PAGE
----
Talooli Integration Program

At Camp Talooli we believe that every child can benefit from what the camp experience has to offer.  Since 1988 Camp Talooli has worked to find ways to integrate children with special needs into the traditional Talooli summer camp community.  All children are part of a typical summer camp group and participate in all activities.  We have been able to make accommodations for children with a broad range of needs.  Campers with learning disabilities, ADHD, autism, physical disabilities etc. have been contributing members of the Camp Talooli community each summer since the programs began.

Contact with parents:
Before a child with special needs comes to camp, it is essential that we are able to communicate with the parent or caregiver to learn more about their child.  In order to best serve a child, it is important for us to gather information about his/her needs, likes and dislikes, communication methods, and what types of supports are most helpful. This connection begins with the parent reaching out to us through email, phone, or attending one of our open houses to meet with the Camp Director. It is often helpful to arrage a time to meet at Camp with the Camp Director so that all parties (child, parents, and camp staff) can get to know each other, become familiar with the camp environment and make a plan for success prior to their week as a camper.  A copy of the child’s current Individualized Education Plan (IEP) is necessary for enrollment.

Strategies for support:
In addition to the information gathering phase discussed above, the camp staff has developed a number of other strategies which assist them in the support and inclusion of children with disabilities. Some strategies are:

  • Communication - when appropriate, we can utilize methods such as a daily picture schedule, so that campers understand and can anticipate the order of their activities.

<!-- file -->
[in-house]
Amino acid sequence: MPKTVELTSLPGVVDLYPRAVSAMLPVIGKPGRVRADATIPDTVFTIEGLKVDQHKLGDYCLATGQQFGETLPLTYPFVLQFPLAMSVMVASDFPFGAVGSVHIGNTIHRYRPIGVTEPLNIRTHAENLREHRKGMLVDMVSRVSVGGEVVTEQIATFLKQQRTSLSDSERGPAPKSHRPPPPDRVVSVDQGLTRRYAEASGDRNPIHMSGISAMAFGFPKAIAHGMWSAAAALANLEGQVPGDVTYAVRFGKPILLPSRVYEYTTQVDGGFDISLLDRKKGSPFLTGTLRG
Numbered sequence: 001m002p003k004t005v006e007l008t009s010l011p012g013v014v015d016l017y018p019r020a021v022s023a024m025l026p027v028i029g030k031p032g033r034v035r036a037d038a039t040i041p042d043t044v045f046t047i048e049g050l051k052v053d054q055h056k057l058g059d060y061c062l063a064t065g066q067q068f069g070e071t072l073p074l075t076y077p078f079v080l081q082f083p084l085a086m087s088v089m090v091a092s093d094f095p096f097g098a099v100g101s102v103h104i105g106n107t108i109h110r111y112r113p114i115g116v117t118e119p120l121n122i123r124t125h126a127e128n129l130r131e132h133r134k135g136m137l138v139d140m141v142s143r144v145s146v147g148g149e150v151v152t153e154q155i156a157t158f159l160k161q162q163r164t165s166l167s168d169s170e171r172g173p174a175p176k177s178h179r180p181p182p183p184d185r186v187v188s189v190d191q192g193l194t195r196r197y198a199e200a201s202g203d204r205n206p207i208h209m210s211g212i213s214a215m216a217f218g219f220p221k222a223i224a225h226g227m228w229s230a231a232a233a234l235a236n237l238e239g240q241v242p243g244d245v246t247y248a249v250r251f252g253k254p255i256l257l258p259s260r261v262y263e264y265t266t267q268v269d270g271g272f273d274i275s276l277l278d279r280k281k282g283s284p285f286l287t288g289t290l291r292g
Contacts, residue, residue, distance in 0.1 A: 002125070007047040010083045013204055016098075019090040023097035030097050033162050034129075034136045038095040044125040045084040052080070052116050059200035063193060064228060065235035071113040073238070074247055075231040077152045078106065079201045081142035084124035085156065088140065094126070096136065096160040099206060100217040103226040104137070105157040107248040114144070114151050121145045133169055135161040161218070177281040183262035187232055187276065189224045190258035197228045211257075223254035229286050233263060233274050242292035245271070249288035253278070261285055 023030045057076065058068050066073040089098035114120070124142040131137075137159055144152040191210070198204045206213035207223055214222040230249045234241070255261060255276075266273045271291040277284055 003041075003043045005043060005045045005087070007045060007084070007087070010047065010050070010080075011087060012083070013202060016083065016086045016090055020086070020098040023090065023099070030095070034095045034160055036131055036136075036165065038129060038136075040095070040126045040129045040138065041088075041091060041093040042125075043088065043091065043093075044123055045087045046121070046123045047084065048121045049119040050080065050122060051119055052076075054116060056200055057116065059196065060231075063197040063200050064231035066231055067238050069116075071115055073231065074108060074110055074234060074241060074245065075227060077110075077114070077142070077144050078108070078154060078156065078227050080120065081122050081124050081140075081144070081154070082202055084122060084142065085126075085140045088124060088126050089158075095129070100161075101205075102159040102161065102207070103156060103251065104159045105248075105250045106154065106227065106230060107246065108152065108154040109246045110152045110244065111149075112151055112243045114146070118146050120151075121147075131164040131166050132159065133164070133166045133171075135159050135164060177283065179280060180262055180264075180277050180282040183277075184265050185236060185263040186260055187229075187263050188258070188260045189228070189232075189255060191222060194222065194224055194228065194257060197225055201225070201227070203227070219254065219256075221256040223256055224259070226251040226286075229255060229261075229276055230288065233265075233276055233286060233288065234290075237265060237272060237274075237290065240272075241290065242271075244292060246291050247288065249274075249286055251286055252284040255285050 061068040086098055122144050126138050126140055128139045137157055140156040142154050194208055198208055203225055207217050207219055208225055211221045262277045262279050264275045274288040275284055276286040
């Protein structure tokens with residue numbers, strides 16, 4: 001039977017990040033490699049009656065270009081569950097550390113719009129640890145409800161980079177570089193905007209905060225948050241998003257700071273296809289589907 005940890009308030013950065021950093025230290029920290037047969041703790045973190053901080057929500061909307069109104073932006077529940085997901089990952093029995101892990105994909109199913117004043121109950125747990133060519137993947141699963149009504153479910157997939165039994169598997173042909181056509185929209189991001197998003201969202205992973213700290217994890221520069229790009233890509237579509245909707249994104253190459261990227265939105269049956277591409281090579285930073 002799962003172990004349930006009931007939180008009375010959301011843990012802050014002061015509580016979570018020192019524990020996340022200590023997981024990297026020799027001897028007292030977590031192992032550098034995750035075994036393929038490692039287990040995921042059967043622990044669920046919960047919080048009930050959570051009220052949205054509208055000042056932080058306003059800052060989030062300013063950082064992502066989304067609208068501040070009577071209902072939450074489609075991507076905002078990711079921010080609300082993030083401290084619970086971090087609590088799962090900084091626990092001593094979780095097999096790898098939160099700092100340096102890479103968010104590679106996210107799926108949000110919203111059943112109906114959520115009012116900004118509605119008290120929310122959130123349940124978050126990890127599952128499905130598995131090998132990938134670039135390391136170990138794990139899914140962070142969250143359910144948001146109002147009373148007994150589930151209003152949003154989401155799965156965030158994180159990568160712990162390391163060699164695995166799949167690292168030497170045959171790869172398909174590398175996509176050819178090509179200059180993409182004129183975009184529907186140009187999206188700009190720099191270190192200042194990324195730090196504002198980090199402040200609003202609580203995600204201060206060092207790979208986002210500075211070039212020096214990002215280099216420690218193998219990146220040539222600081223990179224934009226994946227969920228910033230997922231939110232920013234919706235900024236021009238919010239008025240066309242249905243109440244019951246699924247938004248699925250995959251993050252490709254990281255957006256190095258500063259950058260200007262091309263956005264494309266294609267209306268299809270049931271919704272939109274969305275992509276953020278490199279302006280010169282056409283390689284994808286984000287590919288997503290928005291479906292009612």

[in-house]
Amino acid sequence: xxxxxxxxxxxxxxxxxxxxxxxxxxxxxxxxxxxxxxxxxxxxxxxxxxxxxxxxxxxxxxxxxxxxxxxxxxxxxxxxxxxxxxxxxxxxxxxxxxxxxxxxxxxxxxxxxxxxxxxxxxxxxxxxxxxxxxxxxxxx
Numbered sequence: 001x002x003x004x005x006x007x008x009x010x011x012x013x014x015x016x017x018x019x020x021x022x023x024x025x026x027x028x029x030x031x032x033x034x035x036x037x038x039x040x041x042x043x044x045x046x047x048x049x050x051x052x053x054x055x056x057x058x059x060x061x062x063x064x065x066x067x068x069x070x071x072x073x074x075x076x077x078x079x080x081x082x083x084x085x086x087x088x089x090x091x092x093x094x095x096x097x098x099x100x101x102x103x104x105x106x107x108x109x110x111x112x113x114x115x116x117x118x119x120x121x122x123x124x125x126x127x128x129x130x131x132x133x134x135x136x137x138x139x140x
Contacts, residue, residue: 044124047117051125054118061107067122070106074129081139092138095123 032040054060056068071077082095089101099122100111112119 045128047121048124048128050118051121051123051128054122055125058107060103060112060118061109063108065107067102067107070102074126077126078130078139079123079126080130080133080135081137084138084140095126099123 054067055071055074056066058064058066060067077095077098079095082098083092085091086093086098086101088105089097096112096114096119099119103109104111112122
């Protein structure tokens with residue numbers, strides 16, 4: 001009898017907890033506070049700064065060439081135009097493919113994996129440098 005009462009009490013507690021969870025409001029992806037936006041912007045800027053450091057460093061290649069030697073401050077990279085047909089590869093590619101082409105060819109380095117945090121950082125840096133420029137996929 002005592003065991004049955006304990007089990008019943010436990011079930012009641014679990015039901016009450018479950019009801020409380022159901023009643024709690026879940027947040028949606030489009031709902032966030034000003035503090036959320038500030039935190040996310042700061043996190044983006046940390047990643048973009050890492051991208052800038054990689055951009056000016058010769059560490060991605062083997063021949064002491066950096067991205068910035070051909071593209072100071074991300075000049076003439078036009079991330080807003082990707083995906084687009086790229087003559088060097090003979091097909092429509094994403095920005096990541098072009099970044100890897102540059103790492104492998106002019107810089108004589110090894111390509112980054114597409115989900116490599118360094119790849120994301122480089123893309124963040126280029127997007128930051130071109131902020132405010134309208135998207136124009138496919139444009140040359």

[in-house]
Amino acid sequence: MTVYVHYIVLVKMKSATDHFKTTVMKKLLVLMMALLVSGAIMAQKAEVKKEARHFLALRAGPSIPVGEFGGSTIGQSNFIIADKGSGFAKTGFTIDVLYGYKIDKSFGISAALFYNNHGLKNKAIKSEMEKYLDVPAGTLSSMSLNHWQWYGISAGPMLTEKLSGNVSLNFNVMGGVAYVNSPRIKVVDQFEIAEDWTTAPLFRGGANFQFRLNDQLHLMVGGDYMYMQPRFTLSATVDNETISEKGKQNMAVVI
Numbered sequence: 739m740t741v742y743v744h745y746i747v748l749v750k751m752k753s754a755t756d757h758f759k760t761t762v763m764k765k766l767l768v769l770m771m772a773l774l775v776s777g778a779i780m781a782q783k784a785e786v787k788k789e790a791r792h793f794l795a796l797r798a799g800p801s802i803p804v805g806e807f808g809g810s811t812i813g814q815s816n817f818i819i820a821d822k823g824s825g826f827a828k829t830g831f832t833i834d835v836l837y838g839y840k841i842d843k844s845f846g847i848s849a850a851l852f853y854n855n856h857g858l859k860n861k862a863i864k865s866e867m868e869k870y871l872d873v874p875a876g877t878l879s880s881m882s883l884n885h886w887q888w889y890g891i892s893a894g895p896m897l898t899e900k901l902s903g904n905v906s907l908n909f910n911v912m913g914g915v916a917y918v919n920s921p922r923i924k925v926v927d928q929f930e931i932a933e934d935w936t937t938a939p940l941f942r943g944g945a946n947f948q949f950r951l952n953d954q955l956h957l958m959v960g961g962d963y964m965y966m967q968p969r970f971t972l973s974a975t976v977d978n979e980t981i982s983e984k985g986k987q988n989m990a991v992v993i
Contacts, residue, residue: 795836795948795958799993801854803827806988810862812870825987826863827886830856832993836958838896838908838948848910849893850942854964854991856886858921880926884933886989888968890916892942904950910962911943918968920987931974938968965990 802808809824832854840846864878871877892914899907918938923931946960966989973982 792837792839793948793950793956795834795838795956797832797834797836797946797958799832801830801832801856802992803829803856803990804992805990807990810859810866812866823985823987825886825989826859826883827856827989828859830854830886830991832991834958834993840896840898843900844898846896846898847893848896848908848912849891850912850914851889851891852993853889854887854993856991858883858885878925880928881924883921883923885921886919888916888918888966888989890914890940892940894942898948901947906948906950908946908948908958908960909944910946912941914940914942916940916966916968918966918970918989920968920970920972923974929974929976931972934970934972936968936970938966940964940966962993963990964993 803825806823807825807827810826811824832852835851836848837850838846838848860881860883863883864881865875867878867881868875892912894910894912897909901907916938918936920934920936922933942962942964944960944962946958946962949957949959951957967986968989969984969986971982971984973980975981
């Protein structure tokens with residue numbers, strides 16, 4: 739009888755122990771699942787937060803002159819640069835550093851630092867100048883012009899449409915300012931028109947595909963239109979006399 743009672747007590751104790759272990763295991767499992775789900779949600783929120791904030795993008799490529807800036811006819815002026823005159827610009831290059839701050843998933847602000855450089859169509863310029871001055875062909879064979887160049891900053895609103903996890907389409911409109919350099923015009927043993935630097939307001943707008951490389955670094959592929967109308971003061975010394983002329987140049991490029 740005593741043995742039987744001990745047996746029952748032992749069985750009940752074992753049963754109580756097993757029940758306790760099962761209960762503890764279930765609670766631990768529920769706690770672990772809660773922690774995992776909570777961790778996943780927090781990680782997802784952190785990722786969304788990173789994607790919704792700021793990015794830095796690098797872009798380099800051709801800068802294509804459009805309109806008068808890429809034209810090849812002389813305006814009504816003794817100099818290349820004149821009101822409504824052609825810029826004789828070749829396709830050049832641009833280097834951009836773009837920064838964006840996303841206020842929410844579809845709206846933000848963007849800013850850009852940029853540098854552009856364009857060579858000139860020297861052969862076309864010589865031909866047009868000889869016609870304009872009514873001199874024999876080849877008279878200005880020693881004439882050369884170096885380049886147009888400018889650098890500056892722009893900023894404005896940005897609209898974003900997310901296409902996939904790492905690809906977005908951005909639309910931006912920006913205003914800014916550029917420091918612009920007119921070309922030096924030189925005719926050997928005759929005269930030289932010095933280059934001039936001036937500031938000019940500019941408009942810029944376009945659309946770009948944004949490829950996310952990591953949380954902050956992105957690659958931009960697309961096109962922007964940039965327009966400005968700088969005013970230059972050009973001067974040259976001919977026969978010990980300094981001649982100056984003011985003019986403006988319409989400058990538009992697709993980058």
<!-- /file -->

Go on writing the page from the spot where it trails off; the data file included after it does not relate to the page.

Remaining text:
• Providing choices - in situations where certain activities are not a good fit for the individual, or when they need some control over their schedule, counselors can provide additional choices or options within daily camp routines and activities
  • Camp-wide positive behavior supports - all camp staff are trained in the theory of positive behavior supports and utilize strategies that include verbal and tangible reinforcement. This encourages all campers to follow camp rules and make good choices for their behavior.
  • Matching campers with counselors - significant attention is paid to creating a "good match" between counselors and campers. We consider the needs of campers, skills and experience of staff members, and and the personailty of both
  • Support for counselors - leadership staff provide daily support and consultation to counselors who have a child with disabilities in their cabin/group. Types of support include:
    • pre-camp training in disability characteristics and strategies (for all counselors and camp staff)
    • sharing essential information and strategies between counselors and program staff
    • providing an extra counselor for support, when needed
    • teaming counselors together, one of whom may know the child from a previous year, may have supported children with disabilities in the past, or just may feel more comfortable doing so